Many of today’s information and technology systems and environments facilitate inquiry, learning, consciousness-raising and knowledge-building. Such platforms include e-learning systems which have learning, education and/or training as explicit goals or objectives. They also include search engines, social media platforms, video-sharing platforms, and knowledge sharing environments deployed for work, leisure, inquiry, and personal and professional productivity. The new journal, Information and Learning Sciences, aims to advance our understanding of human inquiry, learning and knowledge-building across such information, e-learning, and socio-technical system contexts.

Design/methodology/approach

This article introduces the journal at its launch under new editorship in January, 2019. The article, authored by the journal co-editors and all associate editors, explores the lineage of scholarly undertakings that have contributed to the journal's new scope and mission, which includes past and ongoing scholarship in the following arenas: Digital Youth, Constructionism, Mutually Constitutive Ties in Information and Learning Sciences, and Searching-as-Learning.

Findings

The article offers examples of ways in which the two fields stand to enrich each other towards a greater holistic advancement of scholarship. The article also summarizes the inaugural special issue contents from the following contributors: Caroline Haythornthwaite; Krista Glazewski and Cindy Hmelo-Silver; Stephanie Teasley; Gary Marchionini; Caroline R. Pitt; Adam Bell, Rose Strickman and Katie Davis; Denise Agosto; Nicole Cooke; and Victor Lee.

Originality/value

The article, this special issue, and the journal in full, are among the first formal and ongoing publication outlets to deliberately draw together and facilitate cross-disciplinary scholarship at this integral nexus. We enthusiastically and warmly invite continued engagement along these lines in the journal’s pages, and also welcome related, and wholly contrary points of view, and points of departure that may build upon or debate some of the themes we raise in the introduction and special issue contents.

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Article
Publication date: 9 May 2016

Carol L. Esmark, Stephanie M. Noble and John E. Bell

This paper aims to examine the impact of an open loyalty programme (anyone can join) versus a selective programme (requirements must be met) to show what types of loyalty…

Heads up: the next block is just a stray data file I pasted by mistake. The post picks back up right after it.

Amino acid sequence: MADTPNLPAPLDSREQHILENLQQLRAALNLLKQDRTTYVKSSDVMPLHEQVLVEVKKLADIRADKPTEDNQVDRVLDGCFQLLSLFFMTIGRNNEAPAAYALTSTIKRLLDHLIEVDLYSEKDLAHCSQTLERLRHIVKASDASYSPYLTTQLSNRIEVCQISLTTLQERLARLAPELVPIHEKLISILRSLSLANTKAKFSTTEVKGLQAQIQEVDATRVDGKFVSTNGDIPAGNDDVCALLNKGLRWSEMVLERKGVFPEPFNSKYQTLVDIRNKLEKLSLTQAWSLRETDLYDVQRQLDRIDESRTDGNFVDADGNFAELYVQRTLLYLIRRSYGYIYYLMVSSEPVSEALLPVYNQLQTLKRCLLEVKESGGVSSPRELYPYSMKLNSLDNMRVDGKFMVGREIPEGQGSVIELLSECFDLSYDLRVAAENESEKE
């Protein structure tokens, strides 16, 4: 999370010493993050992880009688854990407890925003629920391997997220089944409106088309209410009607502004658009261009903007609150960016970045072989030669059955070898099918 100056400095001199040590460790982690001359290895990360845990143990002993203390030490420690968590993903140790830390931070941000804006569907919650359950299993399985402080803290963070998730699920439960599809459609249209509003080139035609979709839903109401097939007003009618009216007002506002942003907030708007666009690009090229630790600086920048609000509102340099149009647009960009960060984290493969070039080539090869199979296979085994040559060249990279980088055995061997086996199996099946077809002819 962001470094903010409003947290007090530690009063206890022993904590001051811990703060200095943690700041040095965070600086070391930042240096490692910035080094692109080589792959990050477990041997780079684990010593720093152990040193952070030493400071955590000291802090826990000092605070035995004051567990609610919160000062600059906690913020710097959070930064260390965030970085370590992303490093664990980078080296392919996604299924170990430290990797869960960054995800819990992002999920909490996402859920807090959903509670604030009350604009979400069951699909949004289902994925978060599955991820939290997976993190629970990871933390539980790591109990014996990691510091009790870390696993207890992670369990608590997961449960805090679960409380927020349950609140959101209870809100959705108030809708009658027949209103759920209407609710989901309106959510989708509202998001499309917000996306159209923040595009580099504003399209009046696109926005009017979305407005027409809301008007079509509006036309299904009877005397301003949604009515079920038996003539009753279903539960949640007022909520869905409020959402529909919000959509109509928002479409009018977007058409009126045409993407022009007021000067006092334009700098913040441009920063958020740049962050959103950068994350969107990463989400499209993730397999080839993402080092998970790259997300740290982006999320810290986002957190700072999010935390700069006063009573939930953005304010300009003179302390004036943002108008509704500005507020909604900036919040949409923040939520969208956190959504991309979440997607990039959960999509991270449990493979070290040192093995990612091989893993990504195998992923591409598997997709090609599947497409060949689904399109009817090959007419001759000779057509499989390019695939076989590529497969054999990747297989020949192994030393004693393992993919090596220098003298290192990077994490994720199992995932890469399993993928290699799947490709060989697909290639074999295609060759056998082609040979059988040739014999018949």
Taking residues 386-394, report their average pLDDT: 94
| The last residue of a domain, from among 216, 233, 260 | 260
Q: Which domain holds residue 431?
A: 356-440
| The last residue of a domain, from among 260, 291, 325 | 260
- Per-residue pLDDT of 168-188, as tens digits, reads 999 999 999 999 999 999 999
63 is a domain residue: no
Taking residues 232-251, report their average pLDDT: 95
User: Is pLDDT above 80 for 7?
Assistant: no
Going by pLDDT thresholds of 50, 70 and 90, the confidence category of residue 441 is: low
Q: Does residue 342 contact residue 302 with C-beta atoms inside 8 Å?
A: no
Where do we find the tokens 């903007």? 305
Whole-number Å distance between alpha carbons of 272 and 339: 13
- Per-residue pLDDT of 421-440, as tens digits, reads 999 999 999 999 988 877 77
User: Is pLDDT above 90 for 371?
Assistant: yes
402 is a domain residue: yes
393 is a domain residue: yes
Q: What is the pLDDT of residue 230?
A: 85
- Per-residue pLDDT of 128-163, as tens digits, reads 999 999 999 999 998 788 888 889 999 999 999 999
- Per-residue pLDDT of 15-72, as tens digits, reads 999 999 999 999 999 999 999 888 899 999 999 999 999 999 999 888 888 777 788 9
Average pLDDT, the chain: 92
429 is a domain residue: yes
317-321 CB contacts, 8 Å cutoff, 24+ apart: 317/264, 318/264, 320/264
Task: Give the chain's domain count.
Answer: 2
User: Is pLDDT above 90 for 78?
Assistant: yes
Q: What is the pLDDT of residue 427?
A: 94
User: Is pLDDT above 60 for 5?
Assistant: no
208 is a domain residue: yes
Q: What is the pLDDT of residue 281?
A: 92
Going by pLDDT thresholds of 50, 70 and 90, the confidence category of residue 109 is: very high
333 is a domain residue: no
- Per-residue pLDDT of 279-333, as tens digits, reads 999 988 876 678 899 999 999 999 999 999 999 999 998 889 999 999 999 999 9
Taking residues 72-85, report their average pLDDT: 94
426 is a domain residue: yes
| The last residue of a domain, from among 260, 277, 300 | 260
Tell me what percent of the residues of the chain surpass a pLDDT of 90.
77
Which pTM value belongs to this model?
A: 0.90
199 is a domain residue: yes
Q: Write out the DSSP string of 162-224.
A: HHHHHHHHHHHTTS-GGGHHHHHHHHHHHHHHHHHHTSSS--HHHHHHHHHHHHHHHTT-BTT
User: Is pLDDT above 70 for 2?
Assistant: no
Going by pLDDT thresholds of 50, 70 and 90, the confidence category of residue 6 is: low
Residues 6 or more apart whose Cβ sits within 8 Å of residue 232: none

Abstract

Purpose

This paper aims to examine the impact of an open loyalty programme (anyone can join) versus a selective programme (requirements must be met) to show what types of loyalty programmes are most effective. In-group identification, gratitude, stage of relationship and visibility are additionally examined.

Design/methodology/approach

Two studies use experimental methodology to initially test the relationships. A third study uses survey and panel data.

Findings

Open programmes lead to more in-group identification, while selective programmes lead to higher levels of gratitude, especially in mature stages. Visible programmes lead to more in-group identification. Industry differences are presented.

Research limitations/implications

The first two studies use a student sample (although Study 3 uses penal data). The research is limited to the variables examined. The findings add to theory by showing differences between open and selective loyalty programmes.

Practical implications

The findings show how different retailer offerings change the value and experience to the customer leading to loyalty intentions. Loyalty programme designers can tailor their programme structure to fit their customers and overall strategy. The findings also shed light on the strategic importance of tiered loyalty programmes.

Originality/value

The examination of how a customer enters a loyalty programme is not in current literature. The research shows how loyalty intentions are impacted by design of the programme, including how a customer signs up for a programme. The mechanisms through which the relationship works increase the understanding of loyalty programme effectiveness.

Details

European Journal of Marketing, vol. 50 no. 5/6
Type: Research Article
ISSN: 0309-0566

Keywords